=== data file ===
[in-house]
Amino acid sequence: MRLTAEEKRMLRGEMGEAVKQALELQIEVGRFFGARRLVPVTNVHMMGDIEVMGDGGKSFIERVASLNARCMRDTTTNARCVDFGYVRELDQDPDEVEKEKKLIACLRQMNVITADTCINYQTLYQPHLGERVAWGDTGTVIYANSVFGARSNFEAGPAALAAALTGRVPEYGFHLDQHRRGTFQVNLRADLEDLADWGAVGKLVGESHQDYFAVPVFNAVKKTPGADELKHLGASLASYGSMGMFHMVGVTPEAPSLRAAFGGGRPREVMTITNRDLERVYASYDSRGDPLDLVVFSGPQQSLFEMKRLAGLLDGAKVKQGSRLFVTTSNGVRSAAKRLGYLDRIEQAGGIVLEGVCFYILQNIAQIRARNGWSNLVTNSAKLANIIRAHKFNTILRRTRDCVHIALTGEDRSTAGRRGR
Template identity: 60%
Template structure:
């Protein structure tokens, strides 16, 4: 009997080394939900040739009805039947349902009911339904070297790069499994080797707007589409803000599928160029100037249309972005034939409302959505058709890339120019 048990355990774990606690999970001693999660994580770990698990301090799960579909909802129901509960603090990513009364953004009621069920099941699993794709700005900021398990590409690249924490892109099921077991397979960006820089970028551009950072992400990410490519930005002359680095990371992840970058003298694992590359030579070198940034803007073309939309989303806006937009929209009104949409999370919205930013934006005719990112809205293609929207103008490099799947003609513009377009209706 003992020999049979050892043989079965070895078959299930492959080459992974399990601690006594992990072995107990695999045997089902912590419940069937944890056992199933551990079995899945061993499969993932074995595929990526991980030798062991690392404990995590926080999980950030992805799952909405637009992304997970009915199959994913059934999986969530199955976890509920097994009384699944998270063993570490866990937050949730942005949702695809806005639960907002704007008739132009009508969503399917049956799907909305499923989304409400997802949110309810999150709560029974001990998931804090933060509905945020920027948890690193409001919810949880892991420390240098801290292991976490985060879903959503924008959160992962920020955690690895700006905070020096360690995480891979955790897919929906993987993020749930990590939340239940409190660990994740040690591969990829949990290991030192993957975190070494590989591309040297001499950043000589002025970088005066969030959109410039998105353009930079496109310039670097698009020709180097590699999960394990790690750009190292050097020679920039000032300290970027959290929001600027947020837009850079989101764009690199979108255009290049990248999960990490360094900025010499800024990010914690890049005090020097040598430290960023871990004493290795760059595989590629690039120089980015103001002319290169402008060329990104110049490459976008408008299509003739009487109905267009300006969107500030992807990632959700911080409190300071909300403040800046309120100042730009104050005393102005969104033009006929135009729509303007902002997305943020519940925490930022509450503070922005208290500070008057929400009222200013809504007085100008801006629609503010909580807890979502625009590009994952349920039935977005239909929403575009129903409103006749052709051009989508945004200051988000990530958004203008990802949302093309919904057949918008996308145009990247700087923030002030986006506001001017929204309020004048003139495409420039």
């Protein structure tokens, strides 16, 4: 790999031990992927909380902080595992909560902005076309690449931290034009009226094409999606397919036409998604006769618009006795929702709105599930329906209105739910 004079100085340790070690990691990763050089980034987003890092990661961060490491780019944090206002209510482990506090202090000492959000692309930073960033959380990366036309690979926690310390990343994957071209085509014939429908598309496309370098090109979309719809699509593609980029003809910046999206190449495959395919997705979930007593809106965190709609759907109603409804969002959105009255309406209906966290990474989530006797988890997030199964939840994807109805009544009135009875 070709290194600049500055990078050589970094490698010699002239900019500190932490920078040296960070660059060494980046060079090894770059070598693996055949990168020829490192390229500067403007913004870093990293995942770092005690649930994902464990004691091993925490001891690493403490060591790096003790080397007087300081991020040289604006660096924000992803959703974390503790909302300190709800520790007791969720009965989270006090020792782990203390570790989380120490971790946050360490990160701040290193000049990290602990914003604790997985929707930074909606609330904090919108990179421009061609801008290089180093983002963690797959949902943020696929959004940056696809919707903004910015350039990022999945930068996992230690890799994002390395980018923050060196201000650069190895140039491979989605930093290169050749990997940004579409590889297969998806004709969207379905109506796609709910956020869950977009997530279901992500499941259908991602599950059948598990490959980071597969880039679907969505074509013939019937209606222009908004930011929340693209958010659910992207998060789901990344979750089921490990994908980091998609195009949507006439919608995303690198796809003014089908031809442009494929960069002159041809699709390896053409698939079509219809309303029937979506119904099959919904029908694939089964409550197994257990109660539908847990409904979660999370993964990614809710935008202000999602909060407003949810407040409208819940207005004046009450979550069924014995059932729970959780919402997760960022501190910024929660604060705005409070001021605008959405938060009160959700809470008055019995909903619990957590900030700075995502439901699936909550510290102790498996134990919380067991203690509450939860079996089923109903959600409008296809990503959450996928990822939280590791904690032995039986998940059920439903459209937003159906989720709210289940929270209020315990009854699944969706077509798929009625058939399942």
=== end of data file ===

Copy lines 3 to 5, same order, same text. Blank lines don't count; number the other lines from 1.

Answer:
Template identity: 60%
Template structure:
């Protein structure tokens, strides 16, 4: 009997080394939900040739009805039947349902009911339904070297790069499994080797707007589409803000599928160029100037249309972005034939409302959505058709890339120019 048990355990774990606690999970001693999660994580770990698990301090799960579909909802129901509960603090990513009364953004009621069920099941699993794709700005900021398990590409690249924490892109099921077991397979960006820089970028551009950072992400990410490519930005002359680095990371992840970058003298694992590359030579070198940034803007073309939309989303806006937009929209009104949409999370919205930013934006005719990112809205293609929207103008490099799947003609513009377009209706 003992020999049979050892043989079965070895078959299930492959080459992974399990601690006594992990072995107990695999045997089902912590419940069937944890056992199933551990079995899945061993499969993932074995595929990526991980030798062991690392404990995590926080999980950030992805799952909405637009992304997970009915199959994913059934999986969530199955976890509920097994009384699944998270063993570490866990937050949730942005949702695809806005639960907002704007008739132009009508969503399917049956799907909305499923989304409400997802949110309810999150709560029974001990998931804090933060509905945020920027948890690193409001919810949880892991420390240098801290292991976490985060879903959503924008959160992962920020955690690895700006905070020096360690995480891979955790897919929906993987993020749930990590939340239940409190660990994740040690591969990829949990290991030192993957975190070494590989591309040297001499950043000589002025970088005066969030959109410039998105353009930079496109310039670097698009020709180097590699999960394990790690750009190292050097020679920039000032300290970027959290929001600027947020837009850079989101764009690199979108255009290049990248999960990490360094900025010499800024990010914690890049005090020097040598430290960023871990004493290795760059595989590629690039120089980015103001002319290169402008060329990104110049490459976008408008299509003739009487109905267009300006969107500030992807990632959700911080409190300071909300403040800046309120100042730009104050005393102005969104033009006929135009729509303007902002997305943020519940925490930022509450503070922005208290500070008057929400009222200013809504007085100008801006629609503010909580807890979502625009590009994952349920039935977005239909929403575009129903409103006749052709051009989508945004200051988000990530958004203008990802949302093309919904057949918008996308145009990247700087923030002030986006506001001017929204309020004048003139495409420039």